Tyres FAQs

Your one stop spot for choosing, buying and maintaining the right tyres for your vehicle and your budget.

Recommended to fit winter tyres

Winter tyres are not mandatory, however the use of Winter equipment like Winter chains or spikes are required on specific roads.

Recommended to fit winter tyres

Norwegian law requires "tyres with sufficient grip" and at least 3mm tread. The Scandinavian Tire & Rim Organization (STRO) recommends fitting winter tyres for Winter driving.

Mandatory to fit winter tyres

All vehicles driving on snow covered roads must have winter tyres (or all-season tyres marked M&S/mud and snow) during the winter season (from 1 November to 15 April) and if roads have a covering of snow, slush or ice outside these dates. Tyres must have a minimum tread depth of 4mm.

Mandatory to fit winter tyres

Germany has recently (4 December 2010) introduced new regulations requiring all passenger cars and motorbikes including vehicles from foreign countries to be fitted with winter tyres or all season tyres on all axles when conditions are wintry. Winter tyres (or 'all season' tyres) should bear the mark M&S or the snowflake symbol on the side wall.

Mandatory to fit winter tyres

Winter tyres, marked M+S (with or without spikes/studs), with a tread depth of at least 3mm are compulsory from 1 December until 31 March for Swedish registered vehicles and trailers and also for foreign registered vehicles.

Recommended to fit winter tyres

Snow tyres are not compulsory but vehicles not equipped to travel through snow and which impede traffic are liable to a fine.

Recommended to fit winter tyres

Winter tyres are recommended when driving in Andorra and snow chains must be used when road conditions or signs indicate on at least two drive wheels. Only use snow chains when there is sufficient snow covering - a fine may be imposed if damage is caused to the road surface.

Recommended to fit winter tyres

From 15th October to 15th April vehicles must be equipped with cold weather tyres or snow chains in the Val d'Aosta area.

Mandatory to fit winter tyres

From 1 December to the end of February (in practice from November to April) unless otherwise indicated by road signs. Tyres must be marked M&S on the sidewall. Spiked/studded tyres may be used from 1 November to the first Monday after Easter.

Mandatory to fit winter tyres

Winter tyres are compulsory in:

  • Estonia (December 1st- April 1st),
  • Lithuania (November 10th - April 1st),
  • Latvia (December 1st - February 29th) and
  • Slovakia (November 15th - March 31st).

Recommended to fit winter tyres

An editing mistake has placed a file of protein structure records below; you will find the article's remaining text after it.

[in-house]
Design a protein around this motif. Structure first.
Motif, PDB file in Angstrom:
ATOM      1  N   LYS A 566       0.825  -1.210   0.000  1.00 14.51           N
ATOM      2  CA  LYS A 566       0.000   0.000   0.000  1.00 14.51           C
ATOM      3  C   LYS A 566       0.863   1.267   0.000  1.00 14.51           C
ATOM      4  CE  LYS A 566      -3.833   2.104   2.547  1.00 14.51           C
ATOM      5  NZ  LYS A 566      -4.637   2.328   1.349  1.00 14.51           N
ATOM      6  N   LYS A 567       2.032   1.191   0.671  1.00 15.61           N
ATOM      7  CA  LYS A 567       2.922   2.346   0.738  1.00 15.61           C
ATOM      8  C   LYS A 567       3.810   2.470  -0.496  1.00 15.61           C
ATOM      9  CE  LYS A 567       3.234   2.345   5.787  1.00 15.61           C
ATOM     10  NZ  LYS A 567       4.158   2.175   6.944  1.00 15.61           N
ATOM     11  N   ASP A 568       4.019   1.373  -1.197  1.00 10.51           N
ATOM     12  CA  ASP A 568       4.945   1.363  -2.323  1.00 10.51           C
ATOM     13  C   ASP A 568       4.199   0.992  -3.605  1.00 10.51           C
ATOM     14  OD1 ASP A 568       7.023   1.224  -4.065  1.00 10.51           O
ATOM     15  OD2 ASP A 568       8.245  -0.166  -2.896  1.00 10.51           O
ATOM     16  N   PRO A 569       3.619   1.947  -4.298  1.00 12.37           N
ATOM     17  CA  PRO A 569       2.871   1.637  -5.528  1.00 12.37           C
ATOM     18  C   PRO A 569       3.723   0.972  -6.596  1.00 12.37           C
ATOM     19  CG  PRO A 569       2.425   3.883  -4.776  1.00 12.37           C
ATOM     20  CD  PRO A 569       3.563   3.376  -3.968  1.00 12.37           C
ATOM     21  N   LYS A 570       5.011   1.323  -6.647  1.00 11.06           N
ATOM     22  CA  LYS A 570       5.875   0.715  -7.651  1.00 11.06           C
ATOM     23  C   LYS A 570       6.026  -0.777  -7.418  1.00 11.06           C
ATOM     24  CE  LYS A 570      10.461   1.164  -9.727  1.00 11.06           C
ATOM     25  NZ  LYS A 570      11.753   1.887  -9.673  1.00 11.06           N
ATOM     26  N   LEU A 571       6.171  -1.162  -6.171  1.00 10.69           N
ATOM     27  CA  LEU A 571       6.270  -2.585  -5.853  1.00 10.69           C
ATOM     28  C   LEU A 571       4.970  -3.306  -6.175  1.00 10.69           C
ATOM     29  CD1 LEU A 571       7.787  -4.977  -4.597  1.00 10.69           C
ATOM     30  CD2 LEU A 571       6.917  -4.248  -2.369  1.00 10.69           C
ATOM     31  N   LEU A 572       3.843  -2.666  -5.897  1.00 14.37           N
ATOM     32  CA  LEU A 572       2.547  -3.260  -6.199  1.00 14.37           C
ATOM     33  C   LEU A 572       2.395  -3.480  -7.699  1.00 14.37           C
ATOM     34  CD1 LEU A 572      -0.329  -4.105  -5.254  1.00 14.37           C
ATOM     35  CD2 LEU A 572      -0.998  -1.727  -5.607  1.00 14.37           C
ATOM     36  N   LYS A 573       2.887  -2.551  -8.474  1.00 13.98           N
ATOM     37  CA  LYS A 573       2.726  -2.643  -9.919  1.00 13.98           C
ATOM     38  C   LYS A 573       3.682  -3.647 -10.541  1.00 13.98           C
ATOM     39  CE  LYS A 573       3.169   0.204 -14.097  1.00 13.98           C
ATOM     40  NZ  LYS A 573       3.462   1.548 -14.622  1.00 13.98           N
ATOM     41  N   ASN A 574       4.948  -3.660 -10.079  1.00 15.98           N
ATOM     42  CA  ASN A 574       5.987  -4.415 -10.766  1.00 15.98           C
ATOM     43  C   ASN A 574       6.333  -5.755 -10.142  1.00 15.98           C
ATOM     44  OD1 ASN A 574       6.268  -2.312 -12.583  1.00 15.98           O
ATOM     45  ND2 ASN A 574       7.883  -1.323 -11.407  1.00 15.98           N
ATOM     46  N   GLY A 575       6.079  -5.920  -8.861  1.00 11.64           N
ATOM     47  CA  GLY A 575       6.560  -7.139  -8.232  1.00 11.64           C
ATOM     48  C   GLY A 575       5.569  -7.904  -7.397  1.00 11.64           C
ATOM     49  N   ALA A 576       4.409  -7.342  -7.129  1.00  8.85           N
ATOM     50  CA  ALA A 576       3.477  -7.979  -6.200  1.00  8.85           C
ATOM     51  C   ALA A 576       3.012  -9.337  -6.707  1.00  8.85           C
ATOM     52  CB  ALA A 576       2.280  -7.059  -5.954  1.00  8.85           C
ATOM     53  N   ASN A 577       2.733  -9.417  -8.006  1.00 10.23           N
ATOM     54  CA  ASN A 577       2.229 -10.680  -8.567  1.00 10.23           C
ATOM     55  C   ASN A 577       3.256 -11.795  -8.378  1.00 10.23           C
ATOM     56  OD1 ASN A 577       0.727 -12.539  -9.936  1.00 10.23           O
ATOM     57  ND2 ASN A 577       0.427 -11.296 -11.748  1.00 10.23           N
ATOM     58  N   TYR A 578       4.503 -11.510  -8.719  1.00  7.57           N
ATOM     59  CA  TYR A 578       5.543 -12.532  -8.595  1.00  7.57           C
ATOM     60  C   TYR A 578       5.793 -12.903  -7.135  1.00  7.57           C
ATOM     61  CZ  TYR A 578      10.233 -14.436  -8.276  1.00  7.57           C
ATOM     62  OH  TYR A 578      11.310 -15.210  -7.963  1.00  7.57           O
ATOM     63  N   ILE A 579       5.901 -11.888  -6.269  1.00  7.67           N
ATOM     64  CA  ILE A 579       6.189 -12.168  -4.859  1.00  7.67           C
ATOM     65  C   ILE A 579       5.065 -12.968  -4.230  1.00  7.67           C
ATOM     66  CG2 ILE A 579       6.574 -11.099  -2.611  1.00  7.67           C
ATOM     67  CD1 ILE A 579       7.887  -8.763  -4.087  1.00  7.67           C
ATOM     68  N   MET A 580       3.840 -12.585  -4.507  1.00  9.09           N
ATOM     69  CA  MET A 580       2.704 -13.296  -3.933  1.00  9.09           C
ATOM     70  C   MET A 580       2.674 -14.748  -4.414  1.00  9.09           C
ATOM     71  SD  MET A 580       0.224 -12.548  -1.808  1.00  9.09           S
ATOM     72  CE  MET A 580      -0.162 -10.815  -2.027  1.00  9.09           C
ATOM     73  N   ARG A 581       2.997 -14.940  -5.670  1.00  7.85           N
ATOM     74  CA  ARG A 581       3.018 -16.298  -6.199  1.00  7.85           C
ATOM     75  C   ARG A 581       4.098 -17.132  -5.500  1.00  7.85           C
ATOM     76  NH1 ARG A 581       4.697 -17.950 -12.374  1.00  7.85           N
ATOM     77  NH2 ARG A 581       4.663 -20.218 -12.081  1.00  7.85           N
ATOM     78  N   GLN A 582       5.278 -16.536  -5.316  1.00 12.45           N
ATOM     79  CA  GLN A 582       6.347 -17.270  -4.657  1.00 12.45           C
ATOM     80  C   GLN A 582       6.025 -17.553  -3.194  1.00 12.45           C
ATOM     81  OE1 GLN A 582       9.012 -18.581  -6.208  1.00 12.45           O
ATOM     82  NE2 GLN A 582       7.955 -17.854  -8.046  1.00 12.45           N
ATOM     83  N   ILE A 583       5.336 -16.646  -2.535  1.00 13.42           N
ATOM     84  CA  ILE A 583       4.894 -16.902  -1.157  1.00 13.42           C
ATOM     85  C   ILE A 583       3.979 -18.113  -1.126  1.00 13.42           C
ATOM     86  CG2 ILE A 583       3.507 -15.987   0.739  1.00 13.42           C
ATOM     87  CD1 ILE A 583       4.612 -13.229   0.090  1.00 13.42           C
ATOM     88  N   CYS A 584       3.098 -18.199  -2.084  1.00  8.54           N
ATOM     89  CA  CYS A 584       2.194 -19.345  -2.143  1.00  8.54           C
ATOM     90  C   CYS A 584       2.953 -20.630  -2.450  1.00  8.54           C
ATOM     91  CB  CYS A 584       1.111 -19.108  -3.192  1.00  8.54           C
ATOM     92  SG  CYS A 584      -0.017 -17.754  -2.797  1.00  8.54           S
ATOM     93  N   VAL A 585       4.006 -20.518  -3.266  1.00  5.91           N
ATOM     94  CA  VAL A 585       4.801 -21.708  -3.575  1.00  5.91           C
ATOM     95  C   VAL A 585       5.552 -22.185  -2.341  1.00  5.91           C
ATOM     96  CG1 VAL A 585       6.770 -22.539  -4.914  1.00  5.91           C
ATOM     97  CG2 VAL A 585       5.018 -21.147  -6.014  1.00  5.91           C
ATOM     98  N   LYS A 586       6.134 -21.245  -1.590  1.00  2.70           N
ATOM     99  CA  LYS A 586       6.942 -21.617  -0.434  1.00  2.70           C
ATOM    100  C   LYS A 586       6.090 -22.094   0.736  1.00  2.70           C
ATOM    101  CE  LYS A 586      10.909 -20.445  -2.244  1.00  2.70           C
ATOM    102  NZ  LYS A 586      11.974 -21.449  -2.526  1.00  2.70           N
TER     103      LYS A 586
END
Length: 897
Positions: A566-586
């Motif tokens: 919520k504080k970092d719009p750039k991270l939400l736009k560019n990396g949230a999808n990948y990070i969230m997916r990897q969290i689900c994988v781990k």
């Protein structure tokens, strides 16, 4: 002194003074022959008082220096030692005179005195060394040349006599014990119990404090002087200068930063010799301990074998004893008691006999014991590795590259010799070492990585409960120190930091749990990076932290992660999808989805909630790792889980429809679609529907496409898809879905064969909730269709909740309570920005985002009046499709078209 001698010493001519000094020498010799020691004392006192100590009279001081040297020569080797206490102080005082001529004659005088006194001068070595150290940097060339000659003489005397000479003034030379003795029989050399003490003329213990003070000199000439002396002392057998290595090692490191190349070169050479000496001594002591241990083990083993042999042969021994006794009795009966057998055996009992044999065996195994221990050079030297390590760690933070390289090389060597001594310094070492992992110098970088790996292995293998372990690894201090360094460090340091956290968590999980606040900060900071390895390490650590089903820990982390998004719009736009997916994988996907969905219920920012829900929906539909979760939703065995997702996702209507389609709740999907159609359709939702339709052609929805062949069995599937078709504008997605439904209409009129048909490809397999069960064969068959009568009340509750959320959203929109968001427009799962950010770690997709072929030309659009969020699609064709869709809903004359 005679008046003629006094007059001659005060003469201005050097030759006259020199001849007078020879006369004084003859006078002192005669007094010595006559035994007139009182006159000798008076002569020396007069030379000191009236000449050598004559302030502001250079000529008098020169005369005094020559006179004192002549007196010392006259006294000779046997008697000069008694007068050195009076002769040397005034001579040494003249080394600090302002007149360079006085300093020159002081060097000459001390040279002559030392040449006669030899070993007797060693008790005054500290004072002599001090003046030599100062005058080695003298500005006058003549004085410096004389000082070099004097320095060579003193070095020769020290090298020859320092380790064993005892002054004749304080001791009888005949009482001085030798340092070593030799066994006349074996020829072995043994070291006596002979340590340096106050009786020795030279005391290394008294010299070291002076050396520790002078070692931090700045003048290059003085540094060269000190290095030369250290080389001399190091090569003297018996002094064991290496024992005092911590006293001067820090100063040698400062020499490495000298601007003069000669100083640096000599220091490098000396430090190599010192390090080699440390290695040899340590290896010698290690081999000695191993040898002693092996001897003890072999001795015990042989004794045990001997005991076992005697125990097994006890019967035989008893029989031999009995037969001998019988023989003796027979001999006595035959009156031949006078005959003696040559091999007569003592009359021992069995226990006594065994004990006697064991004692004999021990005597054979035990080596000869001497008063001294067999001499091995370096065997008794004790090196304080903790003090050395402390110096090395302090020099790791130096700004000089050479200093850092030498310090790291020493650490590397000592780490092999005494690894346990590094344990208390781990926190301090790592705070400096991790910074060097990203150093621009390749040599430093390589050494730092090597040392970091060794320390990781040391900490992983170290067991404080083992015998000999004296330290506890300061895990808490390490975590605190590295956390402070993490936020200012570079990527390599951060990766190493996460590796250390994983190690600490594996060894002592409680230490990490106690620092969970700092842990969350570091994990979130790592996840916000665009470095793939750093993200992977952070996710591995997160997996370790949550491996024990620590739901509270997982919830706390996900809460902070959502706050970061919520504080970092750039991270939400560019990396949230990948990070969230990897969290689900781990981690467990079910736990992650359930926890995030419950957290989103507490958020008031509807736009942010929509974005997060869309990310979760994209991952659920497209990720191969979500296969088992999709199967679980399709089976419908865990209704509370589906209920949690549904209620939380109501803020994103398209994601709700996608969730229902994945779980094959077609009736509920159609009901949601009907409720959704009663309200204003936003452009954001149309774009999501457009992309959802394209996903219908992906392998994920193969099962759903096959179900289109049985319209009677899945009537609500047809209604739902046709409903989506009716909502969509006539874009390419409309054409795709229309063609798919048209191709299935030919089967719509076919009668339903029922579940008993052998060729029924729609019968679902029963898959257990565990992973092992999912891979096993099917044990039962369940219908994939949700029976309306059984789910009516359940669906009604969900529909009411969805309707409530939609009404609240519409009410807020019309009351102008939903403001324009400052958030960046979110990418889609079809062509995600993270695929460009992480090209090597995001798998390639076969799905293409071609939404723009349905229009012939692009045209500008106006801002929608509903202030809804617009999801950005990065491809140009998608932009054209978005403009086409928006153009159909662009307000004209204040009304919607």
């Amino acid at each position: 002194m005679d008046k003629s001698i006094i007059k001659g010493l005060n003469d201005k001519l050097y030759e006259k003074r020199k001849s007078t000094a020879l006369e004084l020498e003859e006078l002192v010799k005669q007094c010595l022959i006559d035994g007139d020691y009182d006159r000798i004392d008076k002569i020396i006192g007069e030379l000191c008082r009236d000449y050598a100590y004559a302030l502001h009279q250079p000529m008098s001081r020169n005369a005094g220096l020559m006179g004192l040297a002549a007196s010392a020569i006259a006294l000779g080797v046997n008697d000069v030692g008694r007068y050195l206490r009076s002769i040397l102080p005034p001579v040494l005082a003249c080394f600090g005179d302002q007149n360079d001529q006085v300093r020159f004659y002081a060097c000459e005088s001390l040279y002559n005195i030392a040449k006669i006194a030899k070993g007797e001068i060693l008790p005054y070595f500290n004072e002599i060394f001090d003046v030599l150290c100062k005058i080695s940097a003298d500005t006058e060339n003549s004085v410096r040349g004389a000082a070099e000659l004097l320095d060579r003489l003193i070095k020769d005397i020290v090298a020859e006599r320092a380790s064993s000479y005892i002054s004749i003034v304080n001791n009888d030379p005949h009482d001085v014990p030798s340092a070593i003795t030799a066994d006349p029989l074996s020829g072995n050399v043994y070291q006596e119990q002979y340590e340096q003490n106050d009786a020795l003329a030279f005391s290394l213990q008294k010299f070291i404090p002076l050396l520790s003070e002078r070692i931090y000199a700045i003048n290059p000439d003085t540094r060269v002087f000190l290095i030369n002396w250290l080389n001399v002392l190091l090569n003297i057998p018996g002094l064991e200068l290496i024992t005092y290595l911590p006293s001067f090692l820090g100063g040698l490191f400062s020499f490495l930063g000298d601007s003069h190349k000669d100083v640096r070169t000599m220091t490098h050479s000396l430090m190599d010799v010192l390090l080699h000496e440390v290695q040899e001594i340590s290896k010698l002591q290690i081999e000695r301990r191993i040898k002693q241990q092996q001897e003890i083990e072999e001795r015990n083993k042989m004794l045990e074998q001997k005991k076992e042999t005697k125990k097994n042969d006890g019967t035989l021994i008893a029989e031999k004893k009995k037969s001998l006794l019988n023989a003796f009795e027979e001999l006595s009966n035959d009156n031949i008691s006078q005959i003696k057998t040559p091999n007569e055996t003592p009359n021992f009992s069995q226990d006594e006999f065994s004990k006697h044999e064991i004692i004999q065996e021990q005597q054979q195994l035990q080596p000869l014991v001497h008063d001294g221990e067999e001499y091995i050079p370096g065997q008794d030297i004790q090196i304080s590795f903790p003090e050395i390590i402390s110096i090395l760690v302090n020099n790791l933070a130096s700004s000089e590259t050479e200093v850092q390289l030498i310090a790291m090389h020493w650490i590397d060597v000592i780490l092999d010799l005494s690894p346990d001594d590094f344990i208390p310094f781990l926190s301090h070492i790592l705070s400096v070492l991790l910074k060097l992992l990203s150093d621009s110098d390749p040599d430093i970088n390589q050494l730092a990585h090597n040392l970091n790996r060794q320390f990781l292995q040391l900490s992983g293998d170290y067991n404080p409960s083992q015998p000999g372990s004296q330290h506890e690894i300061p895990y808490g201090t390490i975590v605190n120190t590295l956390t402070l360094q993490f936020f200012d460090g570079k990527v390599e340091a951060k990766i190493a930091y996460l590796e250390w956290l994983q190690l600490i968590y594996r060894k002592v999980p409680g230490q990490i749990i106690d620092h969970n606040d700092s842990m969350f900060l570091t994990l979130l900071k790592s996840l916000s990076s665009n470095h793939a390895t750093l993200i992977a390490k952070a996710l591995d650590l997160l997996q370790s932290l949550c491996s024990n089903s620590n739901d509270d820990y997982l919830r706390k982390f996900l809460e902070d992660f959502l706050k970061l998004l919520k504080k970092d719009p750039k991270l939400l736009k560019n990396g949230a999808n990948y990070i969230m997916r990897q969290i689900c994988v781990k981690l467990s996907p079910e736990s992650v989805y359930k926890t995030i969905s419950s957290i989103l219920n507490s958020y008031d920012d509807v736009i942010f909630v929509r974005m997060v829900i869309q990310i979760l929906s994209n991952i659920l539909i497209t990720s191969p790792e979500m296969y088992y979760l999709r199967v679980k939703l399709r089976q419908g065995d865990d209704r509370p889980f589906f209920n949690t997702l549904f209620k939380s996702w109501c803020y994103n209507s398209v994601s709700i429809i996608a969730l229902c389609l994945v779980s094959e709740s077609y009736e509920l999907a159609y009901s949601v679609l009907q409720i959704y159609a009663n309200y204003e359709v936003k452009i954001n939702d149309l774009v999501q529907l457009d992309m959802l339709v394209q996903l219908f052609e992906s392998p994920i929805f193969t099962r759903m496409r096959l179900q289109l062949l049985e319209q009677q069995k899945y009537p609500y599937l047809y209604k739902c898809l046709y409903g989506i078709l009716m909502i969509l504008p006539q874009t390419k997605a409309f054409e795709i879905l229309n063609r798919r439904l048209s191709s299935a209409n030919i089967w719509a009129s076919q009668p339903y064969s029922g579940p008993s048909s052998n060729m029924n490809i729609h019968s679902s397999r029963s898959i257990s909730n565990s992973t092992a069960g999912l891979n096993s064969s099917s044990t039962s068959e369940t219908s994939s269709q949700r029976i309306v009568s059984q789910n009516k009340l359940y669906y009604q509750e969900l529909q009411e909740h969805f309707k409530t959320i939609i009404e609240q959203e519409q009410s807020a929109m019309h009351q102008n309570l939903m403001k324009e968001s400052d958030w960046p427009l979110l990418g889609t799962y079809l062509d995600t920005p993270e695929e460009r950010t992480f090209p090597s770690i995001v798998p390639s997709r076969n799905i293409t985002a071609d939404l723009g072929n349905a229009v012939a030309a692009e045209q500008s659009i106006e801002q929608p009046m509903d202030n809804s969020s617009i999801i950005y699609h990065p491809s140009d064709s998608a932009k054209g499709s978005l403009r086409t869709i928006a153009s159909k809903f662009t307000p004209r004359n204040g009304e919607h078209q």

At present there is no cold weather tyre legislation in the UK, however the average temperature in the UK from October 2009 to March 2010 was 2.5°C, and there were 149* days below 7°C. Fitting winter tyres when the temperature is under 7°C is recommended. Please see 7 key reasons for the benefits of using winter tyres.

Although there is no regulation on tyre fitments in the UK for winter months, it is important to recognize and consider the potential dangers of driving on summer tyres in winter.

As temperatures fall below 7 degrees, summer tyre compounds begin to stiffen resulting in reduced traction, posing not only a risk to you as the driver, but also the sustainability and condition of the tyre itself. Evidence of increased wear cause by colder conditions can include cracks and chips along the sidewall and tread block compromising overall performance and saftey.

Keep yourself safe; always consider your tyre choice!

All season tyres occupy the middle ground in performance, providing a compromised driving experience throughout the year and avoiding the hassle of changing tyres bi-yearly. By using all season tyres you'll save money and effort between switching tyres, although compromising on some performance between seasons.

In many European countries with extreme winter conditions, legislations require drivers to switch from summer to winter tyres during colder months. In the UK however, there is no such legislation which can make winter road conditions tricky for many drivers.

All Season tyres are designed to offer consistent performance all year round; from hot summer days to cold wet winter nights. Special compounds and slightly more tread patterns ensure that you maintain road performance even when the temperature drops.

What this means for you!

  • All season tyres can be used year-round whilst maintaining a good level of performance and avoiding the need to switch between summer and winter sets
  • Decreased wear and tear results in increased mileage for improved cost efficiencies.

All-season tyres are adapted to provide drivers with consistent tyre performance in all weather conditions year-round, combining the driving characteristics of both summer and winter tyres.